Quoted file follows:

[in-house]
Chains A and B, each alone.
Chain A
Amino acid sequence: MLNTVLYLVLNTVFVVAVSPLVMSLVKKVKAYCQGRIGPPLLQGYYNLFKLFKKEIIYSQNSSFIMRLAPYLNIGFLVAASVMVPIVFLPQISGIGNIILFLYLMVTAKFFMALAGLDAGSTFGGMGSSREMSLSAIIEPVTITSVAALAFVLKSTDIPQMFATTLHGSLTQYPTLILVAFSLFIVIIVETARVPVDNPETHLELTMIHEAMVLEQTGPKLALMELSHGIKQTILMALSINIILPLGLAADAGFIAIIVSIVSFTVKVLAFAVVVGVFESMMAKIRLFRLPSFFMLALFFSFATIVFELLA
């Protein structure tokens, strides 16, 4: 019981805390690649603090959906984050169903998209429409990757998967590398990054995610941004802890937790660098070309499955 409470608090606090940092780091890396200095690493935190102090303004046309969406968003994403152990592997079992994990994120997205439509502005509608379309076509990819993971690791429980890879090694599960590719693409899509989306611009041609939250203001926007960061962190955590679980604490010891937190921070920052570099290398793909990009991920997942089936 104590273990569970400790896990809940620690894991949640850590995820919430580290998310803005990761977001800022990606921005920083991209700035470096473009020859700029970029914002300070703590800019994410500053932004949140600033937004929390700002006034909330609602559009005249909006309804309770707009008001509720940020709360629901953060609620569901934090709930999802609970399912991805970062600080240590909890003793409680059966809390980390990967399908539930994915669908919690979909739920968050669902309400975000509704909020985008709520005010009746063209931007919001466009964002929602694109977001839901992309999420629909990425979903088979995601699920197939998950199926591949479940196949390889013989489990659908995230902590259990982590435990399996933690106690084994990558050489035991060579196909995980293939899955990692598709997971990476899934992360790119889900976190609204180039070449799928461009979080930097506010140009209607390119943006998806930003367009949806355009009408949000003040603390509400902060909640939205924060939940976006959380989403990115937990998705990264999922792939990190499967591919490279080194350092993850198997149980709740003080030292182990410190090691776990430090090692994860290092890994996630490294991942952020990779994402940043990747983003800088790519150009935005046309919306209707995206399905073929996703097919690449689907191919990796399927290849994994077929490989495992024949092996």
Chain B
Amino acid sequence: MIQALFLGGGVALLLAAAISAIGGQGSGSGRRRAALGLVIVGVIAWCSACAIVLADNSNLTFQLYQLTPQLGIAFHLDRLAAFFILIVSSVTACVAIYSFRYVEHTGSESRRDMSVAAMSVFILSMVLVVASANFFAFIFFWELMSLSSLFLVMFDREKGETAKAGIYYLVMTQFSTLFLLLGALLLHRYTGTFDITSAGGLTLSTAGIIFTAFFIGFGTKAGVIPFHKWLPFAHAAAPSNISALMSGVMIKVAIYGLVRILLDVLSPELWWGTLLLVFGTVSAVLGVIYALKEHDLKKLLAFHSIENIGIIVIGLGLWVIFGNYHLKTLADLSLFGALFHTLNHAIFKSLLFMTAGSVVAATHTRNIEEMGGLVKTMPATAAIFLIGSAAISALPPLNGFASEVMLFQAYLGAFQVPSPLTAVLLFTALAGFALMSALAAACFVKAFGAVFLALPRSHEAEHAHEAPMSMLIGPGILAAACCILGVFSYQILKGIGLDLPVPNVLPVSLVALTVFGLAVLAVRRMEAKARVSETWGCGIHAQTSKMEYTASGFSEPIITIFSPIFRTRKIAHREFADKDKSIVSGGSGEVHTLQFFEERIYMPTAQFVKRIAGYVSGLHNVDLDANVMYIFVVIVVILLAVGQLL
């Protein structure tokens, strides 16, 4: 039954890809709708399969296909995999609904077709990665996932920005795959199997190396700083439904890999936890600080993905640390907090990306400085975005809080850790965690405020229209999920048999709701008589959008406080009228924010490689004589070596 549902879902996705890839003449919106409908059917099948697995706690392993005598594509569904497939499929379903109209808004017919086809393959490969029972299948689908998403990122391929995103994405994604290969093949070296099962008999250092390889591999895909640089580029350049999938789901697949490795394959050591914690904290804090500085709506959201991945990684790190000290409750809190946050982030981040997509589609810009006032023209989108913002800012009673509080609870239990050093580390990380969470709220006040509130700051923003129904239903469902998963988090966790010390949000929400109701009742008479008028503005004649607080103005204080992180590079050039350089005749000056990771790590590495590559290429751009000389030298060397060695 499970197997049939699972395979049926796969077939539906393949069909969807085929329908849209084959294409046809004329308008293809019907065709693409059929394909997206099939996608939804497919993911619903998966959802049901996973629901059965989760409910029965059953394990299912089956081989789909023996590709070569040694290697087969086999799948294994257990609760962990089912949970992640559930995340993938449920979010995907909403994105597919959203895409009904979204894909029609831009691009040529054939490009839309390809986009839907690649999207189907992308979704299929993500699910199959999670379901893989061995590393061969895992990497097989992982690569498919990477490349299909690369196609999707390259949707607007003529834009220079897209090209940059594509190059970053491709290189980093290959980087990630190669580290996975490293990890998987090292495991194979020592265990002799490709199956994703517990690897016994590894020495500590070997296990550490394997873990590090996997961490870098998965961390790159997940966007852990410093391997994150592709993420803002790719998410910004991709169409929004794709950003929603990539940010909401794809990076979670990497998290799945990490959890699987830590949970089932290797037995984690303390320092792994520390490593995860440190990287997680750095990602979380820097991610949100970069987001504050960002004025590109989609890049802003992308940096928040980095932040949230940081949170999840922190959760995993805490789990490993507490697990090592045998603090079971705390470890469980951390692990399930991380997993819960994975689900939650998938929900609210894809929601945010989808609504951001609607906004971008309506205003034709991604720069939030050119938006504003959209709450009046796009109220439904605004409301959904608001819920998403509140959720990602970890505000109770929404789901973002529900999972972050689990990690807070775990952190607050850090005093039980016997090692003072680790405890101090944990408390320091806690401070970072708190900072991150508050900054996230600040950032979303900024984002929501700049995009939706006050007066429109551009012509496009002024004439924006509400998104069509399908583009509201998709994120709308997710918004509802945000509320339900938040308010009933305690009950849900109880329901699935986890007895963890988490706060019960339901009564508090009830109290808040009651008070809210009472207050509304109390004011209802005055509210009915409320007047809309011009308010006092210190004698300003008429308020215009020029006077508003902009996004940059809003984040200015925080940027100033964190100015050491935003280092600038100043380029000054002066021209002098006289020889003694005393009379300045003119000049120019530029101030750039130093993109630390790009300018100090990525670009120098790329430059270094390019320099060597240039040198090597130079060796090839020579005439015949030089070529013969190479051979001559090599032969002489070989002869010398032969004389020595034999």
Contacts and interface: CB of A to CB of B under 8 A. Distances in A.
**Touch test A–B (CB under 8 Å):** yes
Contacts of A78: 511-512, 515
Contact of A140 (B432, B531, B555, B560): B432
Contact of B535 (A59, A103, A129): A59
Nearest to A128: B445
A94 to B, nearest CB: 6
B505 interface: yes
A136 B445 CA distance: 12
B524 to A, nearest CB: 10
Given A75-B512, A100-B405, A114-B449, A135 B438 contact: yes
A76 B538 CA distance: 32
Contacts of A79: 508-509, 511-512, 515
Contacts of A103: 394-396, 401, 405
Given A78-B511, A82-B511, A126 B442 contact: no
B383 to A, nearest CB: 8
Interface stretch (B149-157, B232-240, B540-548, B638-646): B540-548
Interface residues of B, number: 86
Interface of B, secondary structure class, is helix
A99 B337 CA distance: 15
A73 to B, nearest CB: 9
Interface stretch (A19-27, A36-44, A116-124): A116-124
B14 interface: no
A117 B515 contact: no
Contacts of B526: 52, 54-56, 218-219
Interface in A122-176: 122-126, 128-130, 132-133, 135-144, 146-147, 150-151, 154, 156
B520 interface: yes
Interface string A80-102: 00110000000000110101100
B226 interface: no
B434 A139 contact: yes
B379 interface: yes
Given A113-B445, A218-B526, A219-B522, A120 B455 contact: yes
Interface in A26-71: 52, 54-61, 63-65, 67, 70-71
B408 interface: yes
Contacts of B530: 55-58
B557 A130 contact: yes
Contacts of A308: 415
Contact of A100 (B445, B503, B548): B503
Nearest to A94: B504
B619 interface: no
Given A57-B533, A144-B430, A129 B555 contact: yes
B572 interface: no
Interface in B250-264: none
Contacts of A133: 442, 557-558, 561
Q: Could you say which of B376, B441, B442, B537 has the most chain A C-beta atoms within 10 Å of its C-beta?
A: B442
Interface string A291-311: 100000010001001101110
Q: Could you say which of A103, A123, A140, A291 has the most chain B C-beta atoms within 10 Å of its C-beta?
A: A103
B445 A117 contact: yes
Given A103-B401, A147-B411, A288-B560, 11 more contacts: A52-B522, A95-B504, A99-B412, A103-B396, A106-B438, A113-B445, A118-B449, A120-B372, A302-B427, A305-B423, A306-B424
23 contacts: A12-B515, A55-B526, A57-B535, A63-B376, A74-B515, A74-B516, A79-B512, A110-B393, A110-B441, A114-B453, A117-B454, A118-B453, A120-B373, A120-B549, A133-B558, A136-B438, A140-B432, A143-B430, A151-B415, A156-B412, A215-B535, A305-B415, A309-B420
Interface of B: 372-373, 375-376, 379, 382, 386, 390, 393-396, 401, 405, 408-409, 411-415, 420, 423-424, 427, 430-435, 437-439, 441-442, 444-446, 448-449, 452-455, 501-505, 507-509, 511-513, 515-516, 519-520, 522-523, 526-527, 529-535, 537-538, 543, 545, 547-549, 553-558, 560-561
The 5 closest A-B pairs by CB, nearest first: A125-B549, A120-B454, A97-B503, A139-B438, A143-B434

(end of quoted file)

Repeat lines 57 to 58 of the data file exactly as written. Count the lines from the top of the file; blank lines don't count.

A: A103
B445 A117 contact: yes